Battle Maps

104th Infantry Division

(195 consecutive days of combat)

 

Thumbnail Map A

Map A

Battle of the Dykes (First Canadian Army), 23 Oct - 8 Nov, 1944

Having relieved the British 49th Infantry Division on 23-25 October, 1944, in the vicinity of Wuustwezel and Loenhout, Belgium, the 104th Division began it's push into Holland on 25 October. Liberating the towns of Zundert, Achtmaal, Rijsbergen, Etten, Leur, Sprundel, Oudenbosch, Standaarbuiten, Kreek, Zevenbergen, Noordhoek, Klundert and Moerdijk, the Timberwolves soon reached the banks of the Maas River and concluded its Holland campaign.

Thumbnail map B

Map B

Holland to Germany (motor convoy), 6 - 8 Nov, 1944

After release by the First Canadian Army, on 5 November the First United States Army directed the Division to move to Aachen, Germany, commencing on 6 Nov. While the 414th Regimental Combat Team held its position at Moerdijk, the balance of the Division completed the move to Germany and started its relief of the U.S.1st Infantry Division in the vicinity of Aachen on 8 November, joining the VII Corps, First Army.

Thumbnail map C

Map C

Beyond the Siegfried Line (Aachen to the Roer River), 9 Nov - 14 Dec, 1944

On 16 November, following the biggest air assault of World War II (2,400 bombers), the Division, from its positions in the Aachen-Verlantenheide area, launched an assault on the pill boxes and other fortifications of the Siegfried Line and clawed it's way past Hill 287 and through the heavily defended fortress towns and cities of Stolberg, Rohe, Helrath, Durwiz, Eschweiler, Putzlohn, Volkenrath, Weisweiler, Frenz, Lamersdorf, Inden, and Merken to the banks of the Roer River opposite Duren.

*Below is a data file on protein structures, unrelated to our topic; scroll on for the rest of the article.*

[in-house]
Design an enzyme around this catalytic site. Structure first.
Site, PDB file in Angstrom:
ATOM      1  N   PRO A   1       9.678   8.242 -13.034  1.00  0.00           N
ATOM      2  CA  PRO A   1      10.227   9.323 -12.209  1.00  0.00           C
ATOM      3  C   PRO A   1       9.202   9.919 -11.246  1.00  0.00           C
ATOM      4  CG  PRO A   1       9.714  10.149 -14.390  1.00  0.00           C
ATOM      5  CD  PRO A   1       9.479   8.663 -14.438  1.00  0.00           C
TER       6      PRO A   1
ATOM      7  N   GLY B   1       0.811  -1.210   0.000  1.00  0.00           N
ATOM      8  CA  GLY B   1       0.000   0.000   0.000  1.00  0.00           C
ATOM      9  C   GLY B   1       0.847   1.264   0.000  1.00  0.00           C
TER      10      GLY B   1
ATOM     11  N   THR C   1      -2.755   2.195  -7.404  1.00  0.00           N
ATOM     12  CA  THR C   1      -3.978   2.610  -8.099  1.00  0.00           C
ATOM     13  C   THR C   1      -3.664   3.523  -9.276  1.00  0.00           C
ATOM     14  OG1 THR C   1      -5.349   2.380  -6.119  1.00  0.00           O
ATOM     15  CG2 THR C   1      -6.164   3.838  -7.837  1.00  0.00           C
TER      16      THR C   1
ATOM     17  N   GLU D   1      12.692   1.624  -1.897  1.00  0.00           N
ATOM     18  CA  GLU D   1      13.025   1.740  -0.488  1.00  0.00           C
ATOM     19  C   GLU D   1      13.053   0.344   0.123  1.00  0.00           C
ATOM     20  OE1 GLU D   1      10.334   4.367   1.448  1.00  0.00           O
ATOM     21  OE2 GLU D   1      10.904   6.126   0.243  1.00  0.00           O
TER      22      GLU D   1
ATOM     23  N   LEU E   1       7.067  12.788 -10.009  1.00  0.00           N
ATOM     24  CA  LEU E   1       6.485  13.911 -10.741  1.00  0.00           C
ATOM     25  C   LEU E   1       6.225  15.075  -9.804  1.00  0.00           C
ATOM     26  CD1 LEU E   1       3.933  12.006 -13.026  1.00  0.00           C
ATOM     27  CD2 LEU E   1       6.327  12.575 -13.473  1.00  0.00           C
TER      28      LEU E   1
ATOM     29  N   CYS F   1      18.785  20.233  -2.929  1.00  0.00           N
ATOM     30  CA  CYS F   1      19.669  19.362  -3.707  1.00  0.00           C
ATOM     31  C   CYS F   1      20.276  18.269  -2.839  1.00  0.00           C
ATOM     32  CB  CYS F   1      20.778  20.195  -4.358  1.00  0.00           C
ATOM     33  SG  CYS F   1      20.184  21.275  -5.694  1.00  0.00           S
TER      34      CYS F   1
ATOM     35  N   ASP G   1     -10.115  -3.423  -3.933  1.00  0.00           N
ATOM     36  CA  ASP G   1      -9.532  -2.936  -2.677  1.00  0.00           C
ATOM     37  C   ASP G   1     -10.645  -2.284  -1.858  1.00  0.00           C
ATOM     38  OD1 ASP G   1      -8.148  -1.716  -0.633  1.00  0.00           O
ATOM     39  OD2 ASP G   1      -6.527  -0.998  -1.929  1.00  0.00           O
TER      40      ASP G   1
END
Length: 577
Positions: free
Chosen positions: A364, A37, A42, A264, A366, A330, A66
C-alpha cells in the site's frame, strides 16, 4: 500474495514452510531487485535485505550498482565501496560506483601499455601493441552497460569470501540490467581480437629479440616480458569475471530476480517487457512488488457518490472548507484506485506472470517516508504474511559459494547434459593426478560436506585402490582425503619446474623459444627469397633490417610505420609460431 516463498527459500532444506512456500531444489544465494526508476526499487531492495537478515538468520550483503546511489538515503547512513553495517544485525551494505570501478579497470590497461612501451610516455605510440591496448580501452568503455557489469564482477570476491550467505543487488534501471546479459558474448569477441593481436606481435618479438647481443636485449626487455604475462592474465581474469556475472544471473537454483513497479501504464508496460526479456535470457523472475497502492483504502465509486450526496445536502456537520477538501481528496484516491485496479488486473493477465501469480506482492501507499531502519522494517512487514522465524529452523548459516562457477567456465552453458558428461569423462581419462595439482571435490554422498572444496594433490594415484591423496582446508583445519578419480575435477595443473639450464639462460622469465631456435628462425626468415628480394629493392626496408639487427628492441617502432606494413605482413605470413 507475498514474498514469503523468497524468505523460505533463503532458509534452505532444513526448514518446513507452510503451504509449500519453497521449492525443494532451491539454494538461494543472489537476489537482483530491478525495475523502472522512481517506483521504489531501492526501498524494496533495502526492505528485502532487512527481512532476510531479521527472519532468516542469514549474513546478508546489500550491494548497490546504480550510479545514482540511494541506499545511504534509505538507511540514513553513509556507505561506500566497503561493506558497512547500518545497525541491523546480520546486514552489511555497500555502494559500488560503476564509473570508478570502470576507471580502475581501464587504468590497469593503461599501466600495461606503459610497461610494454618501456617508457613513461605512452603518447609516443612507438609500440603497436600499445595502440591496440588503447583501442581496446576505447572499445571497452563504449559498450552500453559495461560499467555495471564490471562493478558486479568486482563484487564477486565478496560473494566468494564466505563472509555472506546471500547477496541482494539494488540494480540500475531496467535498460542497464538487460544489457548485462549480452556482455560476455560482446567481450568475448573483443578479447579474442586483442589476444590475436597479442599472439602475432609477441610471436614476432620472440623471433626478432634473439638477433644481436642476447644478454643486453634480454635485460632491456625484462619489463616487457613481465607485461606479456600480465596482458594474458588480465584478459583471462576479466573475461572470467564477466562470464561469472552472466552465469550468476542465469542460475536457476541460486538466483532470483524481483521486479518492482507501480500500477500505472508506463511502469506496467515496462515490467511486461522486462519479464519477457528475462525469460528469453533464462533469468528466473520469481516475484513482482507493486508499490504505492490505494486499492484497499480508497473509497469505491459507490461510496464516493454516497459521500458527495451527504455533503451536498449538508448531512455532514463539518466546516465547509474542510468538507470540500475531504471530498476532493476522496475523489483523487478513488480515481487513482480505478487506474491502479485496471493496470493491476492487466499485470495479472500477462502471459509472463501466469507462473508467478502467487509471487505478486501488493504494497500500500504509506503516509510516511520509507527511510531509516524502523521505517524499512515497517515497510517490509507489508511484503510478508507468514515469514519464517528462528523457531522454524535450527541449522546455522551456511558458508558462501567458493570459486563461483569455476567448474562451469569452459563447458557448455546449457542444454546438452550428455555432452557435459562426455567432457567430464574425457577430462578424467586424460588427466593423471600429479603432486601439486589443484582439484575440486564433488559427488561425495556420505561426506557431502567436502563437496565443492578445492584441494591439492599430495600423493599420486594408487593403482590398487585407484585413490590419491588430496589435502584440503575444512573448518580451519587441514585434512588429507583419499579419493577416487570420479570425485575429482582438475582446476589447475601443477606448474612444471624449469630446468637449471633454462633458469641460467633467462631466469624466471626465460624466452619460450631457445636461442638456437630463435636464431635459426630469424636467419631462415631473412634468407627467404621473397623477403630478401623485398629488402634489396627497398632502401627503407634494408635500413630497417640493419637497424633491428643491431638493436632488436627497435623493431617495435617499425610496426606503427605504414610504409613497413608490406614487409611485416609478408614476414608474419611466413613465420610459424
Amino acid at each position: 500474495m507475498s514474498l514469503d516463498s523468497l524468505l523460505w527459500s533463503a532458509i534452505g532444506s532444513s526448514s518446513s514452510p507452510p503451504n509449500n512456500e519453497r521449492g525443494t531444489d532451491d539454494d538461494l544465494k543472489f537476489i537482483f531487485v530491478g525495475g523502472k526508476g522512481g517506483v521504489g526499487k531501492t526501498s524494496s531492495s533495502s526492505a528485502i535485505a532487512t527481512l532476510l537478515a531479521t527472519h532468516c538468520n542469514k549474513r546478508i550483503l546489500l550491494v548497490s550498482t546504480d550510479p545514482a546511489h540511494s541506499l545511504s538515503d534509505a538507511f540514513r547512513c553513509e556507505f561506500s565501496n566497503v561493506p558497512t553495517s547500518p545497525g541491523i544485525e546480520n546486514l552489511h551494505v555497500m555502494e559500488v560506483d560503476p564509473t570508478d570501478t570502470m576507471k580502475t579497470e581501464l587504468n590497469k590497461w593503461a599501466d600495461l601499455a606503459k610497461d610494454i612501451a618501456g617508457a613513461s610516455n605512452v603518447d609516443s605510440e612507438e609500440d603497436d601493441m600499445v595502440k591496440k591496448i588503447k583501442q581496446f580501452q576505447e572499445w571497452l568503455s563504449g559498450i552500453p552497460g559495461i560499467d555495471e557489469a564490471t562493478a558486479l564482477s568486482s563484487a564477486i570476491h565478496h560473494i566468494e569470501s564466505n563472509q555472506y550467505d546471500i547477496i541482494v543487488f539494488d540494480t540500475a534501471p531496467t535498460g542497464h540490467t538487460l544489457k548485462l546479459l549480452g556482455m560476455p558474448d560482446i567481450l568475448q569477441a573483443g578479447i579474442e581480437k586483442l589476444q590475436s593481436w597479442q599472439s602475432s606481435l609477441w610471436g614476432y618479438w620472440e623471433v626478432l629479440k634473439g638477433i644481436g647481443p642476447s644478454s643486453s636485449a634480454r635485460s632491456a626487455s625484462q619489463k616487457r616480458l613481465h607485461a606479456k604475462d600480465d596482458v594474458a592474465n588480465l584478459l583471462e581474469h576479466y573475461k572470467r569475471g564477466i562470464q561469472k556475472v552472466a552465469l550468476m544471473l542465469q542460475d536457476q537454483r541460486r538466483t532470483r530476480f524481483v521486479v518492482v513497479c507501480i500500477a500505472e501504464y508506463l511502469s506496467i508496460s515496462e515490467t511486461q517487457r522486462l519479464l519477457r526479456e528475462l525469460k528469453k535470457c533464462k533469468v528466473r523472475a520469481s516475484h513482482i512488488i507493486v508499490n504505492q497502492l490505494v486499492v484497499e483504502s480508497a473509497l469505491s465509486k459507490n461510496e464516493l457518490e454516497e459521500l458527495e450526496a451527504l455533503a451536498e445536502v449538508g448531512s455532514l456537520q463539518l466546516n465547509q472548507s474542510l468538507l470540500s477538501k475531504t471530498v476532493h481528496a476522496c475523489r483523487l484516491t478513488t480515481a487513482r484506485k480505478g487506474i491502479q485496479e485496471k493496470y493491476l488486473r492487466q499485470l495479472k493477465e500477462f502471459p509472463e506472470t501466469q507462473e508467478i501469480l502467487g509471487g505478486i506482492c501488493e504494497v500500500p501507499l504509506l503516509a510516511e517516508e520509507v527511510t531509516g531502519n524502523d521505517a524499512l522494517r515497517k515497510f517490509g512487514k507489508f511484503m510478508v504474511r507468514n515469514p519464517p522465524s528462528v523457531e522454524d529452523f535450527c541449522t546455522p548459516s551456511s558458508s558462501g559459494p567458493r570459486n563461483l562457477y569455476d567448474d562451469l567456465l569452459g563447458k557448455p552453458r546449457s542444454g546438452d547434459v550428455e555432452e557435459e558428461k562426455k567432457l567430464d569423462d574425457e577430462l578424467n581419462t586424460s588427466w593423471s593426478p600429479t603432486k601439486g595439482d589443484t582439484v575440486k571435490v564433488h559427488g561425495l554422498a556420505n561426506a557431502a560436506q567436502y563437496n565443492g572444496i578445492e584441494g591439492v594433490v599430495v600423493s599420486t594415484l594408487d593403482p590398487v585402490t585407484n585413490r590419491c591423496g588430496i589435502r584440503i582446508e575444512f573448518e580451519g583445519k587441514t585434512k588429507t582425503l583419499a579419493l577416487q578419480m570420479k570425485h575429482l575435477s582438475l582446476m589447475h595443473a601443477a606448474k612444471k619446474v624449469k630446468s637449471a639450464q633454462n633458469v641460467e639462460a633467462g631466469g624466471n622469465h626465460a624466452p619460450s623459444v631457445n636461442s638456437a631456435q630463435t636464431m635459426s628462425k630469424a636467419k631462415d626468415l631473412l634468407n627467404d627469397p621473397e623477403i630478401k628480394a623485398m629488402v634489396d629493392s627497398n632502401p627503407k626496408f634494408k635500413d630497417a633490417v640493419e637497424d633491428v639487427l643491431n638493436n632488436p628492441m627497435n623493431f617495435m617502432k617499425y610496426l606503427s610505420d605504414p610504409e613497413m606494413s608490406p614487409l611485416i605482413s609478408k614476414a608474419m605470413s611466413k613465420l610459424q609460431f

Thumbnail map D

Map D

Push continues (across the Inde River), 27 Nov - 13 Dec, 1944

German radio broadcasts called it the "most terrible and ferocious battle in the history of all wars" and The Stars & Stripes described the German shelling of Inden as "the heaviest artillery concentration ever experienced by American troops" when the Timberwolves battled for the Inden area. Time Magazine stated, "The Germans fought like wild men for the Inde" as the 104th conquered Lamersdorf, Inden and Lucherberg.

Thumbnail map E

Map E

Objective Cologne (Roer River to Rhine River), 23 Feb - 7 Mar, 1945

The strong German offensive, launched the morning of 16 December, became known as the "Ardennes Offensive" or "Battle of the Bulge" and the 104th was directed to prepare an all-out defense of its sector. This delayed the planned crossing of the Roer until 0330 hours, 23 February when the major offensive action to reach Cologne was begun...the Rhine was reached on 7 March & "Cologne, the Rhine's greatest city, is ours." Time Magazine reported, "The Germans fought for the Roer River, between Aachen and Cologne, as if it were the Meuse, the Marne, and the Somme of the last war all rolled into one."

Thumbnail map F

Map F

Encirclement of the Ruhr (Remagen to Lippstadt), 9 Mar - 1 April, 1945

Crossing the Rhine at Remagen, the Division supported the 3rd Armored Division, (VII Corps, First Army) and started a major offensive action on 25 March that was to cover a 193-mile dash to Paderborn in 9 days. This link-up with the U.S. Ninth Army at Lippstadt completed the encirclement of the Ruhr Pocket to trap 335,000 German troops.

Thumbnail map G

Map G

Paderborn to Torgau (Russians contacted), 1 April - 9 May, 1945

The final leg of the journey took the Timberwolves across the Weser River, with Dunderstadt, Bad Lauterberg, Nordhausen, and the Harz Mountains along the route to the Saale River and Halle, then on to the Mulde River for a sweep of over 350 miles in less than a month and contact with the Russians on 26 April.


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This page last updated: 6 October, 2010
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